Thursday, April 5, 2012

My Journey Towards A Healthy Body Part 1 - How It All Began

I am going to do something today I have never done before. I am going to write about my journey to a healthier me. Since this story starts with me as a child, I will be discussing this topic for at least two posts. Please note that I only blame myself for the destructive actions I did to my body and not anyone else. I believe in taking full responsibility for my actions at all times.

I remember as early as nine years old feeling insecure about my looks. Really wanting to be thin and beautiful to myself and to others. I always felt I never looked good enough for anyone including me. Looking back I was a tall child who was thin, but healthy. I wasn't a huge eater, but I did eat a plate of food at each meal and occasionally splurged on treats with the family when it seemed acceptable to do so. I wish I had stuck to this model for life, my childhood self knew portion size very well and I would have skipped certain issues if I had never let disordered eating enter into my life.

At the age of 13 my entire life as I knew it changed. We moved across the city from living next door to my best friend, to living around children that seemed snobby and were mean to me. This also meant a new school filled with people I did not know. People mostly ignored me and the few that did notice me teased me for wearing "no name" clothes. I hated this school and for the first two months read under a tree everyday during lunch. This was also the year that my depression issues started, I had my first boyfriend, got my first period, and started writing thanks to an awesome English teacher I had (she was one of the only good things about that school). I thank her for starting me out on writing and for caring about her students in a way others didn't seem to at that school.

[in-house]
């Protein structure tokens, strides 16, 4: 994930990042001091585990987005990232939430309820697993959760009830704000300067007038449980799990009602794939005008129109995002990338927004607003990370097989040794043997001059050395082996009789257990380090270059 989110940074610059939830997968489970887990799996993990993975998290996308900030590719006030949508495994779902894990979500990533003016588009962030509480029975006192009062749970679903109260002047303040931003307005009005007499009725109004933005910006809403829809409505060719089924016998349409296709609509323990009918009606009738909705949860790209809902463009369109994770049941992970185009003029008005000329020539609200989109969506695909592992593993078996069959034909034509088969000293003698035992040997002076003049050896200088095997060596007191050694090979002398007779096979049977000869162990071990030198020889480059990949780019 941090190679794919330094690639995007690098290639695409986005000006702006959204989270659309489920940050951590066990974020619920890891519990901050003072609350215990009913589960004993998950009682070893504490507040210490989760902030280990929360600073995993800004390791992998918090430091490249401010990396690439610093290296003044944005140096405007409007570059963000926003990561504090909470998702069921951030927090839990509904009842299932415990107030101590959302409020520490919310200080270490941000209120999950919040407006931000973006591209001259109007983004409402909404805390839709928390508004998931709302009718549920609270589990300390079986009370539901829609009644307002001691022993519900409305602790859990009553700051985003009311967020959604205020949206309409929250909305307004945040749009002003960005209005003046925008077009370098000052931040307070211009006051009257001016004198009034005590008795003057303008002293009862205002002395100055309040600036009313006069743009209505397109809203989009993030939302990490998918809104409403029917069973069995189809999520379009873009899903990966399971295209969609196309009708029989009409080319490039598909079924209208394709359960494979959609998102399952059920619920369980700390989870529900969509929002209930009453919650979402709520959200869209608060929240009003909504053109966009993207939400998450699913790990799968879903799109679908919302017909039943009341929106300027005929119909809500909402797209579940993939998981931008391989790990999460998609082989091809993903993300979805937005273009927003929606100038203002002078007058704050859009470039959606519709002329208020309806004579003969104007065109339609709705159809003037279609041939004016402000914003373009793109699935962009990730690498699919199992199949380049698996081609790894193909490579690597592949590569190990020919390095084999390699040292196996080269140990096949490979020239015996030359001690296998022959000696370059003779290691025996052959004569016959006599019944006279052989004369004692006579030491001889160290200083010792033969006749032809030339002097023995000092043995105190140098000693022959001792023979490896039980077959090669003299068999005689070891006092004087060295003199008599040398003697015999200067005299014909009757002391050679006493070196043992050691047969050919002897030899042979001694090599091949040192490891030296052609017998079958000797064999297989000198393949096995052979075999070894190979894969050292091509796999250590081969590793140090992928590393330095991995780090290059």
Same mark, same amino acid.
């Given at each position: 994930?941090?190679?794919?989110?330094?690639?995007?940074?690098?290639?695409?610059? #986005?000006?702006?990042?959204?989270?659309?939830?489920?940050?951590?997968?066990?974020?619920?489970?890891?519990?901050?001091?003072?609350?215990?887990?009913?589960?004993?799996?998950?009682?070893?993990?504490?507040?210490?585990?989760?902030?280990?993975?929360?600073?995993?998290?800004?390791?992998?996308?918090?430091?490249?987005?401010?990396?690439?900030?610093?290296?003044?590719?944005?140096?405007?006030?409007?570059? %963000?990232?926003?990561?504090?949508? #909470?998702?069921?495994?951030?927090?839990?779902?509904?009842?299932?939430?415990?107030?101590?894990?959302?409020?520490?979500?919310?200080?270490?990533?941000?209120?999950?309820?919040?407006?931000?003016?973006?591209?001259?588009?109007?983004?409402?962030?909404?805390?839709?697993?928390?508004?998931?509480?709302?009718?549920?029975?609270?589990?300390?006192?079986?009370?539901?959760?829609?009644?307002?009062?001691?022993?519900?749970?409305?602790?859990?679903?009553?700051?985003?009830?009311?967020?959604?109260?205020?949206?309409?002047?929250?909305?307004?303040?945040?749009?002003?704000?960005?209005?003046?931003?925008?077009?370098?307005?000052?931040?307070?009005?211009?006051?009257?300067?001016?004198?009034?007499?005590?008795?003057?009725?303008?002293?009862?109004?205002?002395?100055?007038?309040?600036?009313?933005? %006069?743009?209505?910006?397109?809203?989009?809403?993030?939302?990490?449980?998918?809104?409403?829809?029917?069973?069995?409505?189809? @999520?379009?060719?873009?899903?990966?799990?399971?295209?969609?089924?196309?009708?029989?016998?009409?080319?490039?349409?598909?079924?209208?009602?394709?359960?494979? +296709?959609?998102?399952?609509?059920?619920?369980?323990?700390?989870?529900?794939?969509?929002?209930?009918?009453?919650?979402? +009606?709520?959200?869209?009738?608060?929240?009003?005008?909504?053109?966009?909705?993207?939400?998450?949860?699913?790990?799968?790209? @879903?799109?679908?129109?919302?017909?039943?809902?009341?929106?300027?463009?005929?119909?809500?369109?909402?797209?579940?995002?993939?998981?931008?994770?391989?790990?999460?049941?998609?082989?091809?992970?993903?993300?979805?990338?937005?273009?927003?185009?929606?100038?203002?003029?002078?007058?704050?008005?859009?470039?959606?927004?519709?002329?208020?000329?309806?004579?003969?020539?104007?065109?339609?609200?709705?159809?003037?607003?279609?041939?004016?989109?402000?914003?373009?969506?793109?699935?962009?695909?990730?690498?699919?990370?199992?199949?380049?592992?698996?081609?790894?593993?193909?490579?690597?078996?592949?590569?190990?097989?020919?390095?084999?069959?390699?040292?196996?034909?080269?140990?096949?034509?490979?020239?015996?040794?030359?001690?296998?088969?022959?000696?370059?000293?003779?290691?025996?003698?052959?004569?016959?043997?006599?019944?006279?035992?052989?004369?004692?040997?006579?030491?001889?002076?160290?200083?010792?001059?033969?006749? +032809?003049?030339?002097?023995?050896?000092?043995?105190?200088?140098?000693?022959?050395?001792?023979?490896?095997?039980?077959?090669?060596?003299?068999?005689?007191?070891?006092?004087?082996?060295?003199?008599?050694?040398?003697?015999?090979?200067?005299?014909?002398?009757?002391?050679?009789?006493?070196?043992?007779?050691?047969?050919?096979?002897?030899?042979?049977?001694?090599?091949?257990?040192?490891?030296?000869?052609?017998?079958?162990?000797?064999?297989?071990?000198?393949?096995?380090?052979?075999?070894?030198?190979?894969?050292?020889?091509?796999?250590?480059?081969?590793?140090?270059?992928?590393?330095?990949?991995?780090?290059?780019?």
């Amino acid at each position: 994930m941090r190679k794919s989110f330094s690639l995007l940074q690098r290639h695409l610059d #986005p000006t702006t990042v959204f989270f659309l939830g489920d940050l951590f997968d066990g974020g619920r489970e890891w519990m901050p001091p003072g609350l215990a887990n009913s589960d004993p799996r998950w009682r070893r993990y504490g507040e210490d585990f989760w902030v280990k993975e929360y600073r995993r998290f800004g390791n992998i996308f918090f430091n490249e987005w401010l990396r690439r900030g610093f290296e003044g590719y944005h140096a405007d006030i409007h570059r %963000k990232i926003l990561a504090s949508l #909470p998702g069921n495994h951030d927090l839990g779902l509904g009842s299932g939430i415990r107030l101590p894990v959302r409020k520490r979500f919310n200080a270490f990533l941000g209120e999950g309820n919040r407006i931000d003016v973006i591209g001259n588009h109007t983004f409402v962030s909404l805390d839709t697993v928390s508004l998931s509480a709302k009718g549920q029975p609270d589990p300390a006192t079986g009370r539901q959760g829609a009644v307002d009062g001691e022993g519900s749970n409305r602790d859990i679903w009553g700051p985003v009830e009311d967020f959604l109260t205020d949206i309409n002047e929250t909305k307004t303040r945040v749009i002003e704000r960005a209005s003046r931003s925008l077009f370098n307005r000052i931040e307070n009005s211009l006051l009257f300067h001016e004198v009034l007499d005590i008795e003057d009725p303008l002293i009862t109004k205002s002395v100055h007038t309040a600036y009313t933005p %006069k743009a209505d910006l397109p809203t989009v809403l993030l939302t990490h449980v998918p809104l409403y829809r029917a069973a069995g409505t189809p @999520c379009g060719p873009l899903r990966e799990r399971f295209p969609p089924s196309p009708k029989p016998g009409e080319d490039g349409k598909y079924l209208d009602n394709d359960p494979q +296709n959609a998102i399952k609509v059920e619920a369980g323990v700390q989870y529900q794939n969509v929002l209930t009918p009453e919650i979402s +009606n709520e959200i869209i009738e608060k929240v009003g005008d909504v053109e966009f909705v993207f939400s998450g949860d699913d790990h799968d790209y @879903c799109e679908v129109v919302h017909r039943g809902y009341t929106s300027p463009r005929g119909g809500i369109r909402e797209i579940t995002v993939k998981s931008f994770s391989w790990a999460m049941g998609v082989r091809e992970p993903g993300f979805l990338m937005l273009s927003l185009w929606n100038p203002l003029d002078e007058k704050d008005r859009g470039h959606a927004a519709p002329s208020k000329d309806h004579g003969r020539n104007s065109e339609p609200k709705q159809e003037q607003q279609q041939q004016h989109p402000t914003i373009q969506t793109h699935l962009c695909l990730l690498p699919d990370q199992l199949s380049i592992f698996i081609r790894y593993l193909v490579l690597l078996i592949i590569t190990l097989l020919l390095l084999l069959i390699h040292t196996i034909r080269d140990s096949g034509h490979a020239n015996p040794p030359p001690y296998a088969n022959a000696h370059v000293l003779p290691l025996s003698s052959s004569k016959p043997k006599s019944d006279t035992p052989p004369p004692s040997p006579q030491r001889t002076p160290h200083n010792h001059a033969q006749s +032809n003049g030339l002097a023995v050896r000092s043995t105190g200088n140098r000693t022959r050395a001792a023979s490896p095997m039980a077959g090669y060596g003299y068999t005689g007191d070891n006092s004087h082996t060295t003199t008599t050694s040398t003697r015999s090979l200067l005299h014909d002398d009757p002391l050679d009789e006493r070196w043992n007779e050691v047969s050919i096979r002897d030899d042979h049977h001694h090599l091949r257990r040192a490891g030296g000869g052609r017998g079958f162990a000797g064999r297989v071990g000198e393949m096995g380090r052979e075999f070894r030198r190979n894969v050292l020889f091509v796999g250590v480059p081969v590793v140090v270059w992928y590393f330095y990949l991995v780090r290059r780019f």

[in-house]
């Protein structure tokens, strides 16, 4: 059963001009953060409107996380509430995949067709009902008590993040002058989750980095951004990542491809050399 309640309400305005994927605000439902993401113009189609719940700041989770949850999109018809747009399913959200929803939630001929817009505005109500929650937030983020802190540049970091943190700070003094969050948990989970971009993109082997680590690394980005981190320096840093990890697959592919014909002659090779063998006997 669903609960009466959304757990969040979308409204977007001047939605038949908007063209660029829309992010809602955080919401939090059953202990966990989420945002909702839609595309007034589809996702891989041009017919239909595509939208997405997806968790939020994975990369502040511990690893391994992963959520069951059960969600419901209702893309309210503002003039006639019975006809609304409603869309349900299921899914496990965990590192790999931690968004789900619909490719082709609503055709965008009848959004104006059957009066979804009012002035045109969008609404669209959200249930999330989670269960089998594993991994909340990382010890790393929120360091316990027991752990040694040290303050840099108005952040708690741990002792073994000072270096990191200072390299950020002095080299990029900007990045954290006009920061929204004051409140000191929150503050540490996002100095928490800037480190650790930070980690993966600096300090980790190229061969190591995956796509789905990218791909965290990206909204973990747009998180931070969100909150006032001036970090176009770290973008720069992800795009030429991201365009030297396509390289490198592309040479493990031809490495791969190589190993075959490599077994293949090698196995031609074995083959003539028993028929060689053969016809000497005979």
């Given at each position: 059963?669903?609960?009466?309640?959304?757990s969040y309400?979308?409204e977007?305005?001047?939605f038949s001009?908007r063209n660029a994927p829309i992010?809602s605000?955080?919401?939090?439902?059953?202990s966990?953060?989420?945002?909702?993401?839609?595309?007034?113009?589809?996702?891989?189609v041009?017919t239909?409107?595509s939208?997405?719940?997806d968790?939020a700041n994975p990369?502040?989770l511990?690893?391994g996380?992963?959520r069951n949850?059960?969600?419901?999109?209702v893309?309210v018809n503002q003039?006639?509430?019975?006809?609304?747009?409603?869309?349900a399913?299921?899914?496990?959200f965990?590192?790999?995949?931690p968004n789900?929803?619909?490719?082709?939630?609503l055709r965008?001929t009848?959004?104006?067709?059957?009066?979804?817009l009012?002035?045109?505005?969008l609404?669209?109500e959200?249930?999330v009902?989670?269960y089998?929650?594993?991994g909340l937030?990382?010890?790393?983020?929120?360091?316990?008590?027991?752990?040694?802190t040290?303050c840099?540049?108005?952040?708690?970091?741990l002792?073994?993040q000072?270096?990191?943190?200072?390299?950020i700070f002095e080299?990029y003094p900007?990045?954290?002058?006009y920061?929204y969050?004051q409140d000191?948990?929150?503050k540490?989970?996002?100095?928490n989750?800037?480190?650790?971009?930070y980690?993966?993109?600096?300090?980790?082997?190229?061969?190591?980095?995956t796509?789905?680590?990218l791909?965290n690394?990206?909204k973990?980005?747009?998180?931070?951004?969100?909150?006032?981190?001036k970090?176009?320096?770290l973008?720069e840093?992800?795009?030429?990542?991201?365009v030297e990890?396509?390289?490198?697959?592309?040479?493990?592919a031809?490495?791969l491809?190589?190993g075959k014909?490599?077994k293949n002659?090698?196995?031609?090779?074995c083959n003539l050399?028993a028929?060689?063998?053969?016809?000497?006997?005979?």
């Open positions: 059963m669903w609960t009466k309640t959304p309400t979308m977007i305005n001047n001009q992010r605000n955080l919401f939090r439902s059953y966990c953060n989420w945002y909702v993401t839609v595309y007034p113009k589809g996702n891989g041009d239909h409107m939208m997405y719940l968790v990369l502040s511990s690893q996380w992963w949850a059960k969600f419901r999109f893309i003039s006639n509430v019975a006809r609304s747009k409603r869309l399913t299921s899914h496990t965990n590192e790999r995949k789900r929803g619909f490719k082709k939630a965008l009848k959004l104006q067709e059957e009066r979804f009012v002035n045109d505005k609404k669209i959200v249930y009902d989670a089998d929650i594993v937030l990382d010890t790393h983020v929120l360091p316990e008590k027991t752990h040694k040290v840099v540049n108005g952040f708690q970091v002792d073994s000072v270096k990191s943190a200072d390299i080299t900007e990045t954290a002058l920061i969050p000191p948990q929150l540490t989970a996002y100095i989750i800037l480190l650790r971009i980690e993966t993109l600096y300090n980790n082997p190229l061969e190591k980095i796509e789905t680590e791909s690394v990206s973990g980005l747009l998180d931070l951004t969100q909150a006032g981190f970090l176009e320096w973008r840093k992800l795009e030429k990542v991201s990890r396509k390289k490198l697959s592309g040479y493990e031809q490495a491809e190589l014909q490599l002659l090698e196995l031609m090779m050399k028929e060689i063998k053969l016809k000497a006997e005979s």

One thing I failed to mention was that with all these changes, another thing happened. I started engaging in disordered eating. It started small with me throwing out parts of my lunch and only eating a yogurt instead of a sandwich and the yogurt along with another snack and eating smaller breakfasts like a nutrigrain or granola bar instead of the usual cereal and milk that we ate. I felt pressure to look pretty and to stay thin, I had often been reminded to not let myself get fat since it runs in the family. I also got comments about my thighs from an early age on occasion. Having my body change and losing my first boyfriend whom I loved triggered me to do everything I could to stay thin.

For years I basically only ate enough to keep others off my trail. I would eat exactly one plate for dinner and would take mostly veggies, a small amount of starch, and a small amount of meat. I almost never let myself have seconds and ate very little when I was not around my parents. I did not want them to find out, they were already smothering me in other aspects of my life. Eating was the one thing I could take charge of. I also weighed myself everyday in the upstairs bathroom first thing in the morning after using the bathroom. The number had so much control over me. My mood in the morning and often the whole day was based on the scale's results.

Middle school came and went, no one discovered anything different about me at this point except for that first boyfriend who commented on how thin I was. I even had a girl in the 8th grade call me fat because we were all having a conversation about weight and I stated that I weighed 120. Keep in mind that I was 5'7" by then and probably should have weighed slightly more at least. That comment just fueled me even more.

In my next post I will discuss my high school years and how this all progressed. Thank you all for reading my long post. I hope I didn't ramble on too much or bore you to death. Please comment, especially if you have something to share.


Leah (The Kind Weight Watcher) said...

Thanks for sharing! I know it's not an easy thing to talk about. As you know, I have a very simular history, though my undereating didn't start until I was almost 19.
Eating disorders suck, and sometimes it's embarassing to admit to have had one, but it's so important to let people know that there is a light at the end of the tunnel! You are doing so great. :-)

Rae said...

Thanks Leah, this is one of the hardest posts I have ever written so far. Deep down I know I have to let it out somewhere at some point. Been thinking about writing on this for a really long time and now seemed like a good time.

Some of these things I have talked about very little up until now. The next post will probably be even harder to write though since high school was when this was at its worse on the starvation end. Glad we are both better now and that there was a happy ending. Not everyone is as lucky as we are.